When the death of Aretha Franklin was announced on Thursday morning, one US president paid tribute to a voice that offered “a glimpse of the divine”, in which Americans could feel “our power and our pain, our darkness and our light, our quest for redemption and our hard-won respect”.
That was the former president, Barack Obama, who released a joint statement with his wife Michelle praising the legacy of the woman known as the “queen of soul”.
Donald Trump, on the other hand, could not resist opening his remarks on the singer’s death with a little self-promotion.
“I want to begin today by expressing my condolences to the family of a person I knew well. She worked for me on numerous occasions. She was terrific – Aretha Franklin – on her passing,” Trump said at a White House cabinet meeting, according to a pool report.
He continued, more warmly: “She’s brought joy to millions of lives and her extraordinary legacy will thrive and inspire many generations to come. She was given a great gift from God – her voice, and she used it well. People loved Aretha. She was a special woman. So just want to pass on my warmest best wishes and sympathies to her family.”
Trump did not explain further when he said he knew Franklin well and she “worked for” him. But the singer had performed at one of Trump’s casinos and was photographed with him at the grand opening of New York’s Trump International Hotel & Tower in 1997.
Franklin drew much more notice for her performance at Obama’s first inauguration in 2009, when he was sworn into office as the first black president and she sang My Country, ’Tis of Thee on the steps of the Capitol. She also sang (You Make Me Feel Like) A Natural Woman at the Kennedy Center Honors in 2015, attended by Obama, and her performance moved him to tears.
But the Obamas’ statement focused on Franklin’s importance to Americans.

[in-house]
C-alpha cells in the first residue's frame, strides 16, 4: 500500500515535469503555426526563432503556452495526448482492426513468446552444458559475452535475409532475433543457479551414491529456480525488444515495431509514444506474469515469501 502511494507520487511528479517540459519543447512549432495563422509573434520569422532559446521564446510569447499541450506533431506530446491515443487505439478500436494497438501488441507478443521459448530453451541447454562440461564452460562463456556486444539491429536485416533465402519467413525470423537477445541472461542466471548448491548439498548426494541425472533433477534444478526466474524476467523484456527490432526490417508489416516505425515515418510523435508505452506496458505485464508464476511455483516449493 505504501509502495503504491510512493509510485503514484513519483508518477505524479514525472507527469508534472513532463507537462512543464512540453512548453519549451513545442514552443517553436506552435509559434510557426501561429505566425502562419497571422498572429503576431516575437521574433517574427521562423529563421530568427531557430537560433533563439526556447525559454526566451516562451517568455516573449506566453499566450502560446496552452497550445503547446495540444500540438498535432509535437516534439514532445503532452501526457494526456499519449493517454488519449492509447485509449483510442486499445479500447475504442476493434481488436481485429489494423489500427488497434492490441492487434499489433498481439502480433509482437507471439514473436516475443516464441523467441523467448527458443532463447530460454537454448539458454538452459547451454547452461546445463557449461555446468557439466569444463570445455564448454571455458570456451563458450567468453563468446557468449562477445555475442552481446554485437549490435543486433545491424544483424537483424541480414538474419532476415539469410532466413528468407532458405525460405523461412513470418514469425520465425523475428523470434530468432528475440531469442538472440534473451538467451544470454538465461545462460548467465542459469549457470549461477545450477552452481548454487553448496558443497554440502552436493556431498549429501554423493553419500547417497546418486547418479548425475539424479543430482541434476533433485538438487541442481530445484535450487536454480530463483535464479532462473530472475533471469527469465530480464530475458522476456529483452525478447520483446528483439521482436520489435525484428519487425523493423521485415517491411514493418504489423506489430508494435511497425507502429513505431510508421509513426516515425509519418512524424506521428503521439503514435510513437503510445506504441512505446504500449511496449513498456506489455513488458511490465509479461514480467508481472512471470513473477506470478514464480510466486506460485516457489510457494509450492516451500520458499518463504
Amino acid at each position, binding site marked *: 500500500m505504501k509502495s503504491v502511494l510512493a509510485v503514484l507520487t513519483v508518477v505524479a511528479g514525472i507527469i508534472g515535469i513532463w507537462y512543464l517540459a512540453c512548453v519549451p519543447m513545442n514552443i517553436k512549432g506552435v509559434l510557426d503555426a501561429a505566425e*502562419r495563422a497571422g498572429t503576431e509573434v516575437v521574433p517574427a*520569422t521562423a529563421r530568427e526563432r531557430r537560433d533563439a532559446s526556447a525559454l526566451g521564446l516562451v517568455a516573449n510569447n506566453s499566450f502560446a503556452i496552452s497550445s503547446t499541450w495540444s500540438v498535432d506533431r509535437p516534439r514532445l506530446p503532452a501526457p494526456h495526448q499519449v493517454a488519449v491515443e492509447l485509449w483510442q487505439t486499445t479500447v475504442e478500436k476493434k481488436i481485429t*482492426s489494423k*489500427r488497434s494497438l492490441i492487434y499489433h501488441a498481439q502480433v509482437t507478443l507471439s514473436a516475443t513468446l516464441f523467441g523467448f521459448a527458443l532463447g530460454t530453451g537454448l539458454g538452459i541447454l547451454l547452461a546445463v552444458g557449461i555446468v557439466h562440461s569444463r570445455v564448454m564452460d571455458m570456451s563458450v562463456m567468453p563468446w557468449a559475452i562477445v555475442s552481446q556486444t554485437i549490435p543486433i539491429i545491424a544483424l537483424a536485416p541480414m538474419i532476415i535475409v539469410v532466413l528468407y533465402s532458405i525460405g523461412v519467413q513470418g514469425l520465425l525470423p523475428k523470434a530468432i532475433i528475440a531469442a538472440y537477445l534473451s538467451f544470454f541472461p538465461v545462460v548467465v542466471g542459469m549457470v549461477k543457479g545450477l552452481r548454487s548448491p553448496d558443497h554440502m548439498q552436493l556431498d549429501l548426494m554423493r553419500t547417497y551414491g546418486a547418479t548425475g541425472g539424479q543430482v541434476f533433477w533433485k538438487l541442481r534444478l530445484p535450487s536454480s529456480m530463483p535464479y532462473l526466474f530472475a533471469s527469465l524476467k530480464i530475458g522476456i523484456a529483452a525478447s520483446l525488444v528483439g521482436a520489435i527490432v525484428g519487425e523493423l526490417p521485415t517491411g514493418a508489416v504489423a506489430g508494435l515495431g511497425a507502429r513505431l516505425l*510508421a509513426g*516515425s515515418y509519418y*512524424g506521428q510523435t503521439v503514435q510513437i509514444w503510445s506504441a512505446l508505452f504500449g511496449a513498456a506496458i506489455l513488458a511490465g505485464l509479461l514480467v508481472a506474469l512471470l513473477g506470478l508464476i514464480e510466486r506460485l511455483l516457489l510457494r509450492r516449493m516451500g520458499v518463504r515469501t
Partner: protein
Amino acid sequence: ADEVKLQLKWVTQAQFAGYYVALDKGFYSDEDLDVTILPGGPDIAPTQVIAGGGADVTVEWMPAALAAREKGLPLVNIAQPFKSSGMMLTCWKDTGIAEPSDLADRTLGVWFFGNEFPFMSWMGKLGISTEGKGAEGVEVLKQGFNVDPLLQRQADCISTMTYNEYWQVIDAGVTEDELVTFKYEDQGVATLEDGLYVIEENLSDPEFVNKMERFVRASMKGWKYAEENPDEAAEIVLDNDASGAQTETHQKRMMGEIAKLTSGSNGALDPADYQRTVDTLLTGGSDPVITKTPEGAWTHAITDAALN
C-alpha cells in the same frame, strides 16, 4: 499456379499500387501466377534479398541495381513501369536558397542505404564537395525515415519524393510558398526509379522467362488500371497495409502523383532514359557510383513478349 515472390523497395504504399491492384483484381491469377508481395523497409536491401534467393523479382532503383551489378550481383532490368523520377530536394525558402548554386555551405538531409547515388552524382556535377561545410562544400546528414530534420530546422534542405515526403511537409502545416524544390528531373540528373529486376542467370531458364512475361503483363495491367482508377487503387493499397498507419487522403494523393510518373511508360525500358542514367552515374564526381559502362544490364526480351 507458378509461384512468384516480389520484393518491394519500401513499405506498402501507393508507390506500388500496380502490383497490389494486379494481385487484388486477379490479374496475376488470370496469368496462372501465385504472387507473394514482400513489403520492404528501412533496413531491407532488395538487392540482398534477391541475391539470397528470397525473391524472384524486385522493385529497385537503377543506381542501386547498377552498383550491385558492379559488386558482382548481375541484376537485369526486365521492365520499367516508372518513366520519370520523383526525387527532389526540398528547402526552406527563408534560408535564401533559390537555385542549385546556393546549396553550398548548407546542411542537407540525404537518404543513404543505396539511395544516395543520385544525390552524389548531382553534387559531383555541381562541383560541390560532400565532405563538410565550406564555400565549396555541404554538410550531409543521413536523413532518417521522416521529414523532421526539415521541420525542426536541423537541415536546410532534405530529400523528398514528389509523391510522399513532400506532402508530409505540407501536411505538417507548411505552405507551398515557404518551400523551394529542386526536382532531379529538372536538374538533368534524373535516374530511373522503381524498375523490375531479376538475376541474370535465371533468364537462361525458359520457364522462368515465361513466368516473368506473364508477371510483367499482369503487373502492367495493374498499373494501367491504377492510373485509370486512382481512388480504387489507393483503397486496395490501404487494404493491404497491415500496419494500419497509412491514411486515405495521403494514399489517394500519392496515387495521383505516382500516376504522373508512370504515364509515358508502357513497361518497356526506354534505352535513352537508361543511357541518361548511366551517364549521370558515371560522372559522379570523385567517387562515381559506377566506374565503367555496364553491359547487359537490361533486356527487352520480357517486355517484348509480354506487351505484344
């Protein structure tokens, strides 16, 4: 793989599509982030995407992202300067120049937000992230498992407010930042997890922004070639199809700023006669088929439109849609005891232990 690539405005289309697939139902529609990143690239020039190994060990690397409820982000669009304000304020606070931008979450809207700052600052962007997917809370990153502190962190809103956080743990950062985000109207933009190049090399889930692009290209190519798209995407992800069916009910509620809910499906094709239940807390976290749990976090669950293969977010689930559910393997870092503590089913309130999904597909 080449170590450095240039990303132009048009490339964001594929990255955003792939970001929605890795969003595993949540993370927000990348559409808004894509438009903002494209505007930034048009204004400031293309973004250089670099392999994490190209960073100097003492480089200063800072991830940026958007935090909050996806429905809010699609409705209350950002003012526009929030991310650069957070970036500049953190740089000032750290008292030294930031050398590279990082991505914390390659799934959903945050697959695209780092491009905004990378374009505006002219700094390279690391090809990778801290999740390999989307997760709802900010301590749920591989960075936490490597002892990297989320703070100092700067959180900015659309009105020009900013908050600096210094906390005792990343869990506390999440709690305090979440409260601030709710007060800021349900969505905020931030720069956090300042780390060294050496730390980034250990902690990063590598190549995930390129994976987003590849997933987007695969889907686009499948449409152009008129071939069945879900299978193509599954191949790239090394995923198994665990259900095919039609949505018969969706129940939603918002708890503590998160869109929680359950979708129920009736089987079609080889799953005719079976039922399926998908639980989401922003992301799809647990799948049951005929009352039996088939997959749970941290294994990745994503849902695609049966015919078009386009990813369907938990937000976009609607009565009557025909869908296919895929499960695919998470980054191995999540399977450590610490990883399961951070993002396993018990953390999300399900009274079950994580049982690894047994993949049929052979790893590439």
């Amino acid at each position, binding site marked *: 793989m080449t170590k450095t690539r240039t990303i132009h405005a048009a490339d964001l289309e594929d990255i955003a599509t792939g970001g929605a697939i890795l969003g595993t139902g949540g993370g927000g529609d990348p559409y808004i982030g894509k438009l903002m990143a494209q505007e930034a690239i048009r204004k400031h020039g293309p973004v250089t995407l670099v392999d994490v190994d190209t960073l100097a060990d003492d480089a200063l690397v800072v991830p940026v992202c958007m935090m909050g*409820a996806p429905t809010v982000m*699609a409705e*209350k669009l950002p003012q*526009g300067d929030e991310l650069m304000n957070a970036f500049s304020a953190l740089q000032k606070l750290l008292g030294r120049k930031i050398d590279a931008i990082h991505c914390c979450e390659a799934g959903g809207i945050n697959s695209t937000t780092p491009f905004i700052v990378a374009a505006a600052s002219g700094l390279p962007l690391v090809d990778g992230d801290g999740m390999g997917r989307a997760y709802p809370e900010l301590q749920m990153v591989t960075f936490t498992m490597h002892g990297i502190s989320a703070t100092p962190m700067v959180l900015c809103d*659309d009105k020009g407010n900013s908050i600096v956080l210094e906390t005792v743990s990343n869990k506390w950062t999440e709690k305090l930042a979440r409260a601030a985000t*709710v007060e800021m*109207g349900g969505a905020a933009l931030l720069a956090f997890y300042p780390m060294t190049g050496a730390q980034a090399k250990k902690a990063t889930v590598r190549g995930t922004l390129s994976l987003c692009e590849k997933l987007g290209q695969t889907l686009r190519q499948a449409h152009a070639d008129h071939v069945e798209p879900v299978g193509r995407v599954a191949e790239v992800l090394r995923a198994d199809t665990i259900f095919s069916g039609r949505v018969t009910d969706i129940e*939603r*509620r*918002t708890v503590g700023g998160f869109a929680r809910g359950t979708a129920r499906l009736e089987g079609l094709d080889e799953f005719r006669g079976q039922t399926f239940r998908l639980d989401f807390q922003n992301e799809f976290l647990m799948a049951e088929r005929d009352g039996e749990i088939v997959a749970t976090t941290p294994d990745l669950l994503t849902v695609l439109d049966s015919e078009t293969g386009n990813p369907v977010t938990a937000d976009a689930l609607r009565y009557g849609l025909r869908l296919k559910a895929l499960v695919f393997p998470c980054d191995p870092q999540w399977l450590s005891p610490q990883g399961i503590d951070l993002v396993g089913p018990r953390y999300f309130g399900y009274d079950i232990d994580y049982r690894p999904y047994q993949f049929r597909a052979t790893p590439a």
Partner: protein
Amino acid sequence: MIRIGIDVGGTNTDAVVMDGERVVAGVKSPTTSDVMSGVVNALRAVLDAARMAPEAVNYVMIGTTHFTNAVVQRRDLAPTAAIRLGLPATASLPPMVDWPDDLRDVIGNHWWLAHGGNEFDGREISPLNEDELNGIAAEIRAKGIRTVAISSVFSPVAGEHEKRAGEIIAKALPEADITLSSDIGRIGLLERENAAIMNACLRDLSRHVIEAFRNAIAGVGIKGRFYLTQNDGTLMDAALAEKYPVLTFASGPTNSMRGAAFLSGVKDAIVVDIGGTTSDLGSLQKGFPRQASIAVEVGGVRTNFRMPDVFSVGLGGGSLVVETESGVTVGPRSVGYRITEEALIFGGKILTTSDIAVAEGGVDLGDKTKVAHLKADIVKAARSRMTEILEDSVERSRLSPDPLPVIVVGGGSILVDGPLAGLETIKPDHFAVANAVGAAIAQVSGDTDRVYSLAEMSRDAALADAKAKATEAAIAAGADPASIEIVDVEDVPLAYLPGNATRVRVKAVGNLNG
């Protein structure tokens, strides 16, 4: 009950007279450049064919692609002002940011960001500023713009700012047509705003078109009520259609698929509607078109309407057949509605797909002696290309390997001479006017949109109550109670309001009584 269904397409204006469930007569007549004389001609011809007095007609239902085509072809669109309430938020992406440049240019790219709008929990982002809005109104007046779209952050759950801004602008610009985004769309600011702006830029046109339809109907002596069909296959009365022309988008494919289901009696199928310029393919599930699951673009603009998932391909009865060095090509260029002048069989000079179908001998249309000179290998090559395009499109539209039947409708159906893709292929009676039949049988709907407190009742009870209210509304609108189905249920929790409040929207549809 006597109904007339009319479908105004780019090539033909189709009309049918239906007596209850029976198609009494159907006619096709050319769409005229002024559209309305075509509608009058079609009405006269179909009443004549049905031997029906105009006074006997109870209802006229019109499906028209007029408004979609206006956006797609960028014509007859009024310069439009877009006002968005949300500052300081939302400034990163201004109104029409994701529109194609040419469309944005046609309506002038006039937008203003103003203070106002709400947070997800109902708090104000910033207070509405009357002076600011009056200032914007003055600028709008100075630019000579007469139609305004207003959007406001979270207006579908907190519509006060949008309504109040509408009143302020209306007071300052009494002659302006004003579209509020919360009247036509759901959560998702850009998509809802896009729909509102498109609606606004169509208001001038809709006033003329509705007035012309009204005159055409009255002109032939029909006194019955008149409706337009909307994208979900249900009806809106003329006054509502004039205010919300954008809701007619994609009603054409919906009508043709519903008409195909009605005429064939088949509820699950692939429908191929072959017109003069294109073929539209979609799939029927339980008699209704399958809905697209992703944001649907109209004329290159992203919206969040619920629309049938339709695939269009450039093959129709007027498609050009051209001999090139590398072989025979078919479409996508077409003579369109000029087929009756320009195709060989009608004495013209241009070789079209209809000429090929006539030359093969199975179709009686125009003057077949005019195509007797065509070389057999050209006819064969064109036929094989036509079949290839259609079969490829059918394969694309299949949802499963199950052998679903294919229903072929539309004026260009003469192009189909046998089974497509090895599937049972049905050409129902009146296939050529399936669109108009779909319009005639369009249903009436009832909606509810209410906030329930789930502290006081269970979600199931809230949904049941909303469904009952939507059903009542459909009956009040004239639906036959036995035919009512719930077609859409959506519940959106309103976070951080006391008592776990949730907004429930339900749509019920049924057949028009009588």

The Obama's statement on Aretha Franklin's passing: "Aretha helped define the American experience. In her voice, we could feel our history, all of it and in every shade—our power and our pain, our darkness and our light, our quest for redemption and our hard-won respect." pic.twitter.com/zfCh4qup2r
— Hunter Schwarz (@hunterschwarz) August 16, 2018
“America has no royalty. But we do have a chance to earn something more enduring. Born in Memphis and raised in Detroit, Aretha Franklin grew up performing gospel songs in her father’s congregation. For more than six decades since, every time she sang, we were all graced with a glimpse of the divine,” they said.
“Through her compositions and unmatched musicianship, Aretha helped define the American experience. In her voice, we could feel our history, all of it and in every shade – our power and our pain, our darkness and our light, our quest for redemption and our hard-won respect. She helped us feel more connected to each other, more hopeful, more human. And sometimes she helped us just forget about everything else and dance.”
The Obamas sent their prayers to her “family and all those moved by her song”.
Trump posted a tweet that concluded: “She will be missed!”
The Queen of Soul, Aretha Franklin, is dead. She was a great woman, with a wonderful gift from God, her voice. She will be missed!
— Donald J. Trump (@realDonaldTrump) August 16, 2018
This story originally appeared in The Guardian. Image courtesy of George Pimentel/WireImage.